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EDITORIAL: Nature sends us a memo


The definition of a weed is any plant you don’t want in a specific area.

In other words, it’s all relative. A growing movement is urging people to take the dandelion off their personal hate list.

The pitch from beekeepers in the Maritimes has a very practical purpose: those yellow harbingers of spring are among the earliest of blossoms and a vital food source for bees.

As reported this week by the CBC, Dave MacNearney, the president of the P.E.I. Beekeepers Association, is encouraging homeowners not to kill the dandelions on their lawns, even to hold off on mowing the flowers the moment they appear. Perhaps they could dedicate a portion of their property to a more natural habitat, allowing dandelions and other wildflowers to flourish.

It’s a message that’s been scattered like seed to a soft breeze many times before, by beekeepers and organizations dedicated to the wonders of nature: there’s much good about this herb and nothing bad except a manufactured bad reputation.

That natural world with dandelions and other wildflowers is vital as part of the habitat for bees and other pollinators. To extend that thought, we’re also hearing more lately about how crucial bees are in helping propagate all sorts of vegetable and fruit crops – without them a lot of produce humans depend on just wouldn’t happen.

The industrial chemical industry played a hand in this, telling people that the lawn they want is that uniform, monoculture, green carpet of grass blades, and that they have just the solution to kill anything else.

Fortunately many provinces have recognized the health risks of widespread use of these herbicides and put restrictions on their sales.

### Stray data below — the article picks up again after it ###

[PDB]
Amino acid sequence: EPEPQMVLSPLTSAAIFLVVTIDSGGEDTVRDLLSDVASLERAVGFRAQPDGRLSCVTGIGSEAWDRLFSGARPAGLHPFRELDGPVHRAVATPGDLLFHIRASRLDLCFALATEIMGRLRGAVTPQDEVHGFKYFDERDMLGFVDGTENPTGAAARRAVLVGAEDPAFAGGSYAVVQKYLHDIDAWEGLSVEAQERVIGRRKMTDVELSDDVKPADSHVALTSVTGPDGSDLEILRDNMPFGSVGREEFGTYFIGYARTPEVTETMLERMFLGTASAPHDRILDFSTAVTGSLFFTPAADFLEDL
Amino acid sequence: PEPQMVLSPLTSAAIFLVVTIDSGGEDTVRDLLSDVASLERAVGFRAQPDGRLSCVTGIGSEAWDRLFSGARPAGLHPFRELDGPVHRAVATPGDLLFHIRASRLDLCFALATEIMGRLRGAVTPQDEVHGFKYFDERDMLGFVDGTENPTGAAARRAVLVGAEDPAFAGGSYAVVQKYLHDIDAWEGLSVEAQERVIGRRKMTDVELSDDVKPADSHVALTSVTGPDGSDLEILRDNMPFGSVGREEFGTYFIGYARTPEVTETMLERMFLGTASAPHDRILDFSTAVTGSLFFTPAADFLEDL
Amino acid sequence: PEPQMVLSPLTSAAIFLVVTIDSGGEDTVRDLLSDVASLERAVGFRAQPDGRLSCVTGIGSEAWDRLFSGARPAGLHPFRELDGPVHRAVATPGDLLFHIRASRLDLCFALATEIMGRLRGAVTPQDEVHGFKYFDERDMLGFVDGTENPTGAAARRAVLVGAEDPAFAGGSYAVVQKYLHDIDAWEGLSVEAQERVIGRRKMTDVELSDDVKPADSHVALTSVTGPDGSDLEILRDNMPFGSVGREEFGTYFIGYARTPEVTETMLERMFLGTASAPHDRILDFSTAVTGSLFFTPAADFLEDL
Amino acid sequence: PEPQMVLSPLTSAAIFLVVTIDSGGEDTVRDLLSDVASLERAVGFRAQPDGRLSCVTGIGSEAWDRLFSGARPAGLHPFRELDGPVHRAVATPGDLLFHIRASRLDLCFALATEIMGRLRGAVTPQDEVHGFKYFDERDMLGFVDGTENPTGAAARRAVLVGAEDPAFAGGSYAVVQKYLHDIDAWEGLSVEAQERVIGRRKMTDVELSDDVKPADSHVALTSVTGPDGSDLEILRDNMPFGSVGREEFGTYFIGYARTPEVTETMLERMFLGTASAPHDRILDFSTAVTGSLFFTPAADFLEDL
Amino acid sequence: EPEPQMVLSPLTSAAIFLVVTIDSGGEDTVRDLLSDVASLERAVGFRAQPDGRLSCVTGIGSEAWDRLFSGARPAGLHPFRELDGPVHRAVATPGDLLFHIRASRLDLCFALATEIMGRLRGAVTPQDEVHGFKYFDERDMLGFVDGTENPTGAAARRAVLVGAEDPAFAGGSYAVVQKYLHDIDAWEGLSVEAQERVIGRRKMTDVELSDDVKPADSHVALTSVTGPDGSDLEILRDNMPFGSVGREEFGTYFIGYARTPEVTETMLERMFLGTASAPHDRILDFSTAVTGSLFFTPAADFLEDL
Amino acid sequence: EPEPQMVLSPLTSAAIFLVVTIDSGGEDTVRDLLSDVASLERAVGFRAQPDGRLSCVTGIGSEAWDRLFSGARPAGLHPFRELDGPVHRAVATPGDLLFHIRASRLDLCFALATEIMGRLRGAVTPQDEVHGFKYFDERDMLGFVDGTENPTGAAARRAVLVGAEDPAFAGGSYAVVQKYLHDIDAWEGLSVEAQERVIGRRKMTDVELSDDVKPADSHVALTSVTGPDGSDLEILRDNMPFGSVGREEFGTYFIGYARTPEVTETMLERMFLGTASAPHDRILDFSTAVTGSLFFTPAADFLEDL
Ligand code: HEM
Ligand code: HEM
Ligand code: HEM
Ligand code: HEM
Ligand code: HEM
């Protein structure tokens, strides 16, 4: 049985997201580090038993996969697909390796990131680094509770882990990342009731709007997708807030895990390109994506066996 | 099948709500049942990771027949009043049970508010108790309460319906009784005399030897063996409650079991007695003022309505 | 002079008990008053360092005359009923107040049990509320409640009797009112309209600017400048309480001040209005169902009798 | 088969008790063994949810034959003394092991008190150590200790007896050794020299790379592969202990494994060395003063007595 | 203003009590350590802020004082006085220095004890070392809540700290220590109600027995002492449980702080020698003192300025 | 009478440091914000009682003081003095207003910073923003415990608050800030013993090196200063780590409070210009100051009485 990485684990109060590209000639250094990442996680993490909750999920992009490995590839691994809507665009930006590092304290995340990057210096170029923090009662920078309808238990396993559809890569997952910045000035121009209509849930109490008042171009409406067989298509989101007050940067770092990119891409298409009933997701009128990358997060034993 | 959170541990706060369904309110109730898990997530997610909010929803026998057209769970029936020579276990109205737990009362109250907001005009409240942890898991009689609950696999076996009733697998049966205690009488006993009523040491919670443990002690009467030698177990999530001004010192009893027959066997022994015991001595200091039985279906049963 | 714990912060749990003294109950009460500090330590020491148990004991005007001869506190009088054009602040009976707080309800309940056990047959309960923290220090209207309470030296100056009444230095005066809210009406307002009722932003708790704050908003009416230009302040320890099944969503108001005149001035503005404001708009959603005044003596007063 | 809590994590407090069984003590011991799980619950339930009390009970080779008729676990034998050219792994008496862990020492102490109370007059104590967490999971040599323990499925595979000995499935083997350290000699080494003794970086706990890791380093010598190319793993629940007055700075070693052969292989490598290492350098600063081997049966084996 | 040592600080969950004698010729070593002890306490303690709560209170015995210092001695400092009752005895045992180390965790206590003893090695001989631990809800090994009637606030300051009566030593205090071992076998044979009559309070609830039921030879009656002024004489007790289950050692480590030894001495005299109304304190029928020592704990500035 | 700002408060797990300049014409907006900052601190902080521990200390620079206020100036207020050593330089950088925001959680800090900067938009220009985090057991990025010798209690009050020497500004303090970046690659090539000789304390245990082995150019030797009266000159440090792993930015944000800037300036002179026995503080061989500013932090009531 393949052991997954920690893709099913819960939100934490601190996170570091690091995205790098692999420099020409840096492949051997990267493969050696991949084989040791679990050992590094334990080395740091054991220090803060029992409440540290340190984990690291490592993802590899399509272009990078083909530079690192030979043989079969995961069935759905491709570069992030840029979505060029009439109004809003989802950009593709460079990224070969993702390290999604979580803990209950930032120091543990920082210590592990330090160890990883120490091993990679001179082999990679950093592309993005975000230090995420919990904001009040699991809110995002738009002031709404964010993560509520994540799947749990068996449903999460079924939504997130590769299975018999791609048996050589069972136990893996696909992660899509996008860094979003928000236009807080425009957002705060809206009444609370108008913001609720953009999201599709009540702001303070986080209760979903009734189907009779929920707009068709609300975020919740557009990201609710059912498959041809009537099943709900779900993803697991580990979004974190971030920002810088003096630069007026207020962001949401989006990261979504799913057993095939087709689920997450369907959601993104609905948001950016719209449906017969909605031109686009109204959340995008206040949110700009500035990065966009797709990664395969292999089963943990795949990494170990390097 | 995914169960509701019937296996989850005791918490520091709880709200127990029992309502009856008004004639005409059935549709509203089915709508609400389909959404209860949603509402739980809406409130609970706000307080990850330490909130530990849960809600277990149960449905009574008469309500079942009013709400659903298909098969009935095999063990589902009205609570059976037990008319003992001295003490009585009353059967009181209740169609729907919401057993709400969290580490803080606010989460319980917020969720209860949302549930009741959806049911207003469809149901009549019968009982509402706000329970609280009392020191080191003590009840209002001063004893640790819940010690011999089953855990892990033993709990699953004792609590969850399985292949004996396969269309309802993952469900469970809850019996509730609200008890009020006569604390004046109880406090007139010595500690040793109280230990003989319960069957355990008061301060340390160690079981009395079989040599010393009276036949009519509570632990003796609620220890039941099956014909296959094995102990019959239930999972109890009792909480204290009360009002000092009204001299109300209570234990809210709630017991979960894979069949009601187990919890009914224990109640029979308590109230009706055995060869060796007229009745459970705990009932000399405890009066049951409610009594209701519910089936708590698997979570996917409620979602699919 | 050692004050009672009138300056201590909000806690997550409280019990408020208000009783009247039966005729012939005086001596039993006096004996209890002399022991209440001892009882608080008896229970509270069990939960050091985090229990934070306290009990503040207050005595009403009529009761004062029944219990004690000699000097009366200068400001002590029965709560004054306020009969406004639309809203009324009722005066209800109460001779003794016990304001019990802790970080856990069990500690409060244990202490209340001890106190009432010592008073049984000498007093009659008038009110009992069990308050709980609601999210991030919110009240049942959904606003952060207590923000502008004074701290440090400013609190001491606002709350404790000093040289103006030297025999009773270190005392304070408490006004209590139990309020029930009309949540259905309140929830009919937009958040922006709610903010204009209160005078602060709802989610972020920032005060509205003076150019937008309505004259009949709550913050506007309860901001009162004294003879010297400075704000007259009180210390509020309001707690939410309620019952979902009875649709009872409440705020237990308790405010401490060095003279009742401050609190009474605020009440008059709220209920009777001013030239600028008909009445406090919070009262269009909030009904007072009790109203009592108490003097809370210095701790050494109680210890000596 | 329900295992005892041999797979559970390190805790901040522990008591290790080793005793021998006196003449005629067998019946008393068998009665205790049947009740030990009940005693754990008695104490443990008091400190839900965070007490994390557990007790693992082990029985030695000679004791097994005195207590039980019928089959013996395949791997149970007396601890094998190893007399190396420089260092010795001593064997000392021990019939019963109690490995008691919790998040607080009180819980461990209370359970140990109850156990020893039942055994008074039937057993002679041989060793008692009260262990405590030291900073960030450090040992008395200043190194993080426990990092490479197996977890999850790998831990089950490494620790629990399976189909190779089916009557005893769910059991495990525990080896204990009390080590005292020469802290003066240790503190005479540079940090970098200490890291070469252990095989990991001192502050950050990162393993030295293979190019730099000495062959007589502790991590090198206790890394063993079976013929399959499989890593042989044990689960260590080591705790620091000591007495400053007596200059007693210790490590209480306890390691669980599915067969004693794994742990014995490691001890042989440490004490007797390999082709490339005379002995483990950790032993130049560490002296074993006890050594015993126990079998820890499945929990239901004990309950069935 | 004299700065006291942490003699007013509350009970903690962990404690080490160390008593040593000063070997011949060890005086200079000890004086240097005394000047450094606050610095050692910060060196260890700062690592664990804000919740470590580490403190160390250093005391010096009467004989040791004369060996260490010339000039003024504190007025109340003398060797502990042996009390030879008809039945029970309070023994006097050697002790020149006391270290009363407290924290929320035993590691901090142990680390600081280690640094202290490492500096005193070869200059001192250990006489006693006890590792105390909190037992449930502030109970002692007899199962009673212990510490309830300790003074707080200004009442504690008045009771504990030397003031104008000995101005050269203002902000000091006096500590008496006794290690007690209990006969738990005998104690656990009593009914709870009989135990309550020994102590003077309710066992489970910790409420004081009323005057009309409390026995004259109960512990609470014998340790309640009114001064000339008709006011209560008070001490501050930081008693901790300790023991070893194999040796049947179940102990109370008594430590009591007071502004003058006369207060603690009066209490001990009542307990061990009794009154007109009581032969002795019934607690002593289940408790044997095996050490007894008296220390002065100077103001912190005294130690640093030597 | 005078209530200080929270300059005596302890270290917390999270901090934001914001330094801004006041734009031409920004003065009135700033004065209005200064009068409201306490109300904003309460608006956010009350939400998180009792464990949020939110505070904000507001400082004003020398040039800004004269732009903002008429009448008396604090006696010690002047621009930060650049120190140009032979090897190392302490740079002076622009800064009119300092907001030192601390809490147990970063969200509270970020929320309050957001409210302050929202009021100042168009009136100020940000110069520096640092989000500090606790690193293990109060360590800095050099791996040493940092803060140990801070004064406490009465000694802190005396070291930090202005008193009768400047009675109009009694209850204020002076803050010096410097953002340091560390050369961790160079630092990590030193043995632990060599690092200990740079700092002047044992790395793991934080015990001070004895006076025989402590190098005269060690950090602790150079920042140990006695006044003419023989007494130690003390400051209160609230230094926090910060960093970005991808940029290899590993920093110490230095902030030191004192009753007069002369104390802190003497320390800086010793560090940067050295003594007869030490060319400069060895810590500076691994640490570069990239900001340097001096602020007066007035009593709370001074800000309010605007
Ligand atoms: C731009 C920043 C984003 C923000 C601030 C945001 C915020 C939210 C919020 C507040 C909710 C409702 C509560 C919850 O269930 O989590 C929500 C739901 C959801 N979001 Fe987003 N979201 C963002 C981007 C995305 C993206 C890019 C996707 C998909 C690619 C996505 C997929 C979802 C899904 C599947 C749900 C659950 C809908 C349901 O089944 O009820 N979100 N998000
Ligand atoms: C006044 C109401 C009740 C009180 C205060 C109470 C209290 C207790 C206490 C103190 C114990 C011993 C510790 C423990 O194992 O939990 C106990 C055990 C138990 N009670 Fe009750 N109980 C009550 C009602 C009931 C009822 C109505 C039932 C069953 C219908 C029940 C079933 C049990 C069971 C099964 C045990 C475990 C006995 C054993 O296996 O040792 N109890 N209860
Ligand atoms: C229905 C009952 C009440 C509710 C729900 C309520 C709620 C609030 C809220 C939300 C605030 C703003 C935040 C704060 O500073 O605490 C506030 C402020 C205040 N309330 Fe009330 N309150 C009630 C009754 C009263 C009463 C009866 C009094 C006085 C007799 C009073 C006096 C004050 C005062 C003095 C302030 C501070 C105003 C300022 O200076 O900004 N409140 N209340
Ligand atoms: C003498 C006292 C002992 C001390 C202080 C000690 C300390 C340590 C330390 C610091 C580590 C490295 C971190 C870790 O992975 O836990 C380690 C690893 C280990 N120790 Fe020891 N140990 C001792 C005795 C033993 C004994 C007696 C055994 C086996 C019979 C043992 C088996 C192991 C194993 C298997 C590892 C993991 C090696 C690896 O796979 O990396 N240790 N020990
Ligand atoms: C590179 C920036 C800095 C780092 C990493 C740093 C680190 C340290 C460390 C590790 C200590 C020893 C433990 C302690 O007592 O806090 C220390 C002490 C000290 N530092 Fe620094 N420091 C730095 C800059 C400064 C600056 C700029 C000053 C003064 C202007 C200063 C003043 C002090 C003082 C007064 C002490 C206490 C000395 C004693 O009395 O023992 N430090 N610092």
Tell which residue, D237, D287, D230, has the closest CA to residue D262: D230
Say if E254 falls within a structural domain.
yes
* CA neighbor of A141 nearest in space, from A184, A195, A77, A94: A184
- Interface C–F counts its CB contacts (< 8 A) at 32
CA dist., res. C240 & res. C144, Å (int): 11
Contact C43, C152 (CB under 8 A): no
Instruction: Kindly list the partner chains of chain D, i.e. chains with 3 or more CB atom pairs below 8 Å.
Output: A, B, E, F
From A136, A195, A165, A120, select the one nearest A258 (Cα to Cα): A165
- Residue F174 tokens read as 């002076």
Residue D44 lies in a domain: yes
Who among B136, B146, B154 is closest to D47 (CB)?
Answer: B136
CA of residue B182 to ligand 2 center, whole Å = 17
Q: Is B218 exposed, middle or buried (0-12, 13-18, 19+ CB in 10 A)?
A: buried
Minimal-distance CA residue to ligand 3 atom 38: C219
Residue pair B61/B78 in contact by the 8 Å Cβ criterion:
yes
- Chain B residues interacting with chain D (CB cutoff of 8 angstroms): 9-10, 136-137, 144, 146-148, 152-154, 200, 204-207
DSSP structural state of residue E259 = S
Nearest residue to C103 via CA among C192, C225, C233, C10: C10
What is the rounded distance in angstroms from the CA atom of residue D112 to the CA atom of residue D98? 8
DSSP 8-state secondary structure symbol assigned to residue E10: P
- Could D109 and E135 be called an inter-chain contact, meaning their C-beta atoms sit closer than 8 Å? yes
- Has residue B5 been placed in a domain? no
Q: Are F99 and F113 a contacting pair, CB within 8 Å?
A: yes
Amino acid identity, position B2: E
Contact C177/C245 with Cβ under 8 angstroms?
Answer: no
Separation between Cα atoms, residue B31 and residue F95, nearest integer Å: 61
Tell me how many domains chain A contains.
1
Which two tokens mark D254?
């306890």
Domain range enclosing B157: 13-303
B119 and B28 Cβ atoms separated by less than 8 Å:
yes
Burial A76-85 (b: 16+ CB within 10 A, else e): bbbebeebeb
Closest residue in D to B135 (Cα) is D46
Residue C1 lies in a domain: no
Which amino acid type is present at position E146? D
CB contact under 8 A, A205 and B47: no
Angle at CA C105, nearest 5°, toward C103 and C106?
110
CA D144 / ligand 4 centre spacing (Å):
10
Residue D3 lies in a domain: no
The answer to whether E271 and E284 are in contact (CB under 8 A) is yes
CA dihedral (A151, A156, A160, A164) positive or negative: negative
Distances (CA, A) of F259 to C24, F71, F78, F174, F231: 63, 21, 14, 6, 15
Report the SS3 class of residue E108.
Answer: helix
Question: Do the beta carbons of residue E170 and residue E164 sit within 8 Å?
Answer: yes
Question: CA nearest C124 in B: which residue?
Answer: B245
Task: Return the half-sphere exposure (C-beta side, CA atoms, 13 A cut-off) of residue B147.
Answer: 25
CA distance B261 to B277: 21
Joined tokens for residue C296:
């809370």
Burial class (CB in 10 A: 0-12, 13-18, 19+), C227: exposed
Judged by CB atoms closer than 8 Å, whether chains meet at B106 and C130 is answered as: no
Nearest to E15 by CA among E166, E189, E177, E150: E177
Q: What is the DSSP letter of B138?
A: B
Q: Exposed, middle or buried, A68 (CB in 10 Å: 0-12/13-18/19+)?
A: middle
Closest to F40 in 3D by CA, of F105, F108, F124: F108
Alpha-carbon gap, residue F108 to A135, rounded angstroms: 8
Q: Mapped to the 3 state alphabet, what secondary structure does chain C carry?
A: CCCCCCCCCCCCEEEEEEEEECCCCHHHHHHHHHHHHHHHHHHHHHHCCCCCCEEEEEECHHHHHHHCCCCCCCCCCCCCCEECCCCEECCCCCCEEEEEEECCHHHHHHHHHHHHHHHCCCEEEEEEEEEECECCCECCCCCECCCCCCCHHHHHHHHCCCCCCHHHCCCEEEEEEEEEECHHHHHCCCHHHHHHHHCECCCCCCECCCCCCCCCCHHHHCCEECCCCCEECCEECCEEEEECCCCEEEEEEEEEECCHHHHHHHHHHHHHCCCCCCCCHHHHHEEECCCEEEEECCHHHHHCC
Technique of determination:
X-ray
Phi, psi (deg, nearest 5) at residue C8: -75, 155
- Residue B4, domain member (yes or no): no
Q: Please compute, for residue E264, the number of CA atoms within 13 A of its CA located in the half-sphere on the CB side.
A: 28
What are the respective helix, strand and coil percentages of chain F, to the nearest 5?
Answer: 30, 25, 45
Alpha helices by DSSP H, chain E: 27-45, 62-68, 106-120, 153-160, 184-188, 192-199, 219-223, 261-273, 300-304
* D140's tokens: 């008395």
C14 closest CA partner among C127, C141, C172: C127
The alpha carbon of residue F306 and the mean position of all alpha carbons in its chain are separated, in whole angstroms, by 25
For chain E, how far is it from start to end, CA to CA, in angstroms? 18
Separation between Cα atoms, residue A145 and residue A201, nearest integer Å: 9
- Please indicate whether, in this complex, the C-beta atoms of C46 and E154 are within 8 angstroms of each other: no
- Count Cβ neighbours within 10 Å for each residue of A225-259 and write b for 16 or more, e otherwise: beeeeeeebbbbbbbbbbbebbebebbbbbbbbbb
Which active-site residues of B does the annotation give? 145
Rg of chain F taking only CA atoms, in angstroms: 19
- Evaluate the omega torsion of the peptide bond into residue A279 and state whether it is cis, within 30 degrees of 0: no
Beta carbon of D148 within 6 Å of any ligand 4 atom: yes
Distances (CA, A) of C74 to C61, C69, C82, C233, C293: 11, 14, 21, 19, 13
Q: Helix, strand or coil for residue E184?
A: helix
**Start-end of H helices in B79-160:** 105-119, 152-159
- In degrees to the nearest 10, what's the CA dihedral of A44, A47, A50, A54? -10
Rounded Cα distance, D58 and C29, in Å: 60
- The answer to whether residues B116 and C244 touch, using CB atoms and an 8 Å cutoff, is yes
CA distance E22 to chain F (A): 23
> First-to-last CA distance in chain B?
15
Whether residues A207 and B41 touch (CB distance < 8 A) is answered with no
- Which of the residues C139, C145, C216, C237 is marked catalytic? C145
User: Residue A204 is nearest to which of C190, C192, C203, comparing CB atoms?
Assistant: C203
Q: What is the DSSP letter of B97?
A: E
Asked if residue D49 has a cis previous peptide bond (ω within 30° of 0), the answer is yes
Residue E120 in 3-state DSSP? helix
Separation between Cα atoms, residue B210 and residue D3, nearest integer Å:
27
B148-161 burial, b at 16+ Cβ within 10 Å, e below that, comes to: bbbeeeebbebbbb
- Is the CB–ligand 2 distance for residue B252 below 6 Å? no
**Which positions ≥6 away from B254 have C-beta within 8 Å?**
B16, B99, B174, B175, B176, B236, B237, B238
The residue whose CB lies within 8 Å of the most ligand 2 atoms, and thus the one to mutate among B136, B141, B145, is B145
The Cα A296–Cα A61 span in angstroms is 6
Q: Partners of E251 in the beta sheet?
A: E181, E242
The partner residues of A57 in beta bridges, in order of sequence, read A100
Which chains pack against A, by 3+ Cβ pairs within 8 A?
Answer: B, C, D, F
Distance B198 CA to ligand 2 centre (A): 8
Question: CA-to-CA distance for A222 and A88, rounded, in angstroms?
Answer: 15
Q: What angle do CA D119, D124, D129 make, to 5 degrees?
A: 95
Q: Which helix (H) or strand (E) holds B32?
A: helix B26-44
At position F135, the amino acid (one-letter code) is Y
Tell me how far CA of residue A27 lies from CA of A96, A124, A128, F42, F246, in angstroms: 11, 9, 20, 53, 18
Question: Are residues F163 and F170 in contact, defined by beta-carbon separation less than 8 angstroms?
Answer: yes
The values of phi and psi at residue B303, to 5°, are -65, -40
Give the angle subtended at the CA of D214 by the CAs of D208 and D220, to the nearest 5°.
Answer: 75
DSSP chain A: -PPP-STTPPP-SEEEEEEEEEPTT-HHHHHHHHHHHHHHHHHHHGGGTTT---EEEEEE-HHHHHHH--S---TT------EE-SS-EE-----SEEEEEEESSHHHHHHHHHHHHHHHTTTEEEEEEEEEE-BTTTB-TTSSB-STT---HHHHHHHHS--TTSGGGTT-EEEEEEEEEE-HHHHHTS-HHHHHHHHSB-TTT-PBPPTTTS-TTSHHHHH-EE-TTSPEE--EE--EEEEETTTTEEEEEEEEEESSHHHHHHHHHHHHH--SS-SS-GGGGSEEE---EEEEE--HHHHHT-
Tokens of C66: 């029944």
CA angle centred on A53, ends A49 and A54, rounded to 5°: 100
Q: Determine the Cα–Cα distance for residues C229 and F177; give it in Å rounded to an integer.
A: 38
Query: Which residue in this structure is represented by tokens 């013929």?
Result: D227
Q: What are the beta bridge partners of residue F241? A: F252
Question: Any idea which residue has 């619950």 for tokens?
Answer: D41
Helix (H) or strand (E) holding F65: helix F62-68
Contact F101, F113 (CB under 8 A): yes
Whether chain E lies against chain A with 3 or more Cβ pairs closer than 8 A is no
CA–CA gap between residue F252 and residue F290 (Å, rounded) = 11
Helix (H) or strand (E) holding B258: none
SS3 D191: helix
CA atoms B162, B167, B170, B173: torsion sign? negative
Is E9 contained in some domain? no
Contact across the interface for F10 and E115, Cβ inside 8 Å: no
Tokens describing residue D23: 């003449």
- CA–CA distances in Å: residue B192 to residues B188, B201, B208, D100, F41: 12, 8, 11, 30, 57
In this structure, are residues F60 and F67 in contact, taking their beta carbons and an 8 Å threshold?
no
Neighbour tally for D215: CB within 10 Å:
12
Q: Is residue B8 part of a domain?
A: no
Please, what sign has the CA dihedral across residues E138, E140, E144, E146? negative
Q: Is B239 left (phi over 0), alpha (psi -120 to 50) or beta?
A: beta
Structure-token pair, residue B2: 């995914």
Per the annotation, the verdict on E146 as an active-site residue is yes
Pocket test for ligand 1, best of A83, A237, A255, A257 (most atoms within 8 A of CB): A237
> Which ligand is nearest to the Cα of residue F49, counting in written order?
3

Like many other aspects of landscaping, acceptance or rejection of certain features is one of those ‘beauty is in the eye of the beholder’ kind of things. Some people will not be persuaded to leave behind their dandelion-hating perception. But some have listened to champions of this herb and questioned its longtime vilification.

Some have gone so far as celebrating its arrival, such as the Nova Scotia community of Wallace, which started holding a dandelion festival some years ago. Other places in the country have similar events.

We also hear some of the many uses of the plant, dating back centuries. The young leaves used as a salad green are a great spring tonic and early vegetable. The flowers are edible too and have a folksy reputation as an ingredient in homemade wine. The roots are another part full of nutrients – some people roast them and use them as a coffee substitute. And these are just a few of many uses. The City of Summerside recently posted on its Facebook site some of the plant’s “miraculous benefits.”

Not everyone will heed the call. But some will be persuaded that letting nature do her job is wise.

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